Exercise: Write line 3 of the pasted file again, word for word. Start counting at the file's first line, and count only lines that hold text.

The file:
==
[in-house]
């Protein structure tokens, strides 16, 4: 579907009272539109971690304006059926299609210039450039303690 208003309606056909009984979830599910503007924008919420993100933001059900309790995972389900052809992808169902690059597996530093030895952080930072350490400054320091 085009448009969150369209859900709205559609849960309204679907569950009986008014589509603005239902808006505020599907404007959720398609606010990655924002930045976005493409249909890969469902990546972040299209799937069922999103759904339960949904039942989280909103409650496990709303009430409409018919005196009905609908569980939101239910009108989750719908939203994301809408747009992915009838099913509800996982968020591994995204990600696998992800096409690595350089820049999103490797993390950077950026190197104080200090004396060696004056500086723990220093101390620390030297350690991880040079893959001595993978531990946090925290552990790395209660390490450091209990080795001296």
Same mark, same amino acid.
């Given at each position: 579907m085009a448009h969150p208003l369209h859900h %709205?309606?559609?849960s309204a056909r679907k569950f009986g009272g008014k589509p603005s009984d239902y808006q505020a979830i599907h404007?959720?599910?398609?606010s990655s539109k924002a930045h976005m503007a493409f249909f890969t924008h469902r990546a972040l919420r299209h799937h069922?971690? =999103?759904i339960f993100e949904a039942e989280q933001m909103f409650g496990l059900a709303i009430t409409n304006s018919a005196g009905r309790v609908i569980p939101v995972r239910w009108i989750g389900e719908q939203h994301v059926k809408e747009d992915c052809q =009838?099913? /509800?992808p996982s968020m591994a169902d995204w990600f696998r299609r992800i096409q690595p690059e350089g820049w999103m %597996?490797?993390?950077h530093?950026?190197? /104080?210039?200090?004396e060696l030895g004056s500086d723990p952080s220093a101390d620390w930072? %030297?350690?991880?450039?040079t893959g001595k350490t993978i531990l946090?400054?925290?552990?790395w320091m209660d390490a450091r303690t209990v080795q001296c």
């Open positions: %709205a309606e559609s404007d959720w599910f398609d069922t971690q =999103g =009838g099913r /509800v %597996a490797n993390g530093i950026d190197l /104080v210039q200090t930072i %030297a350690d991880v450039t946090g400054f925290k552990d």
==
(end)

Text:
Same mark, same amino acid.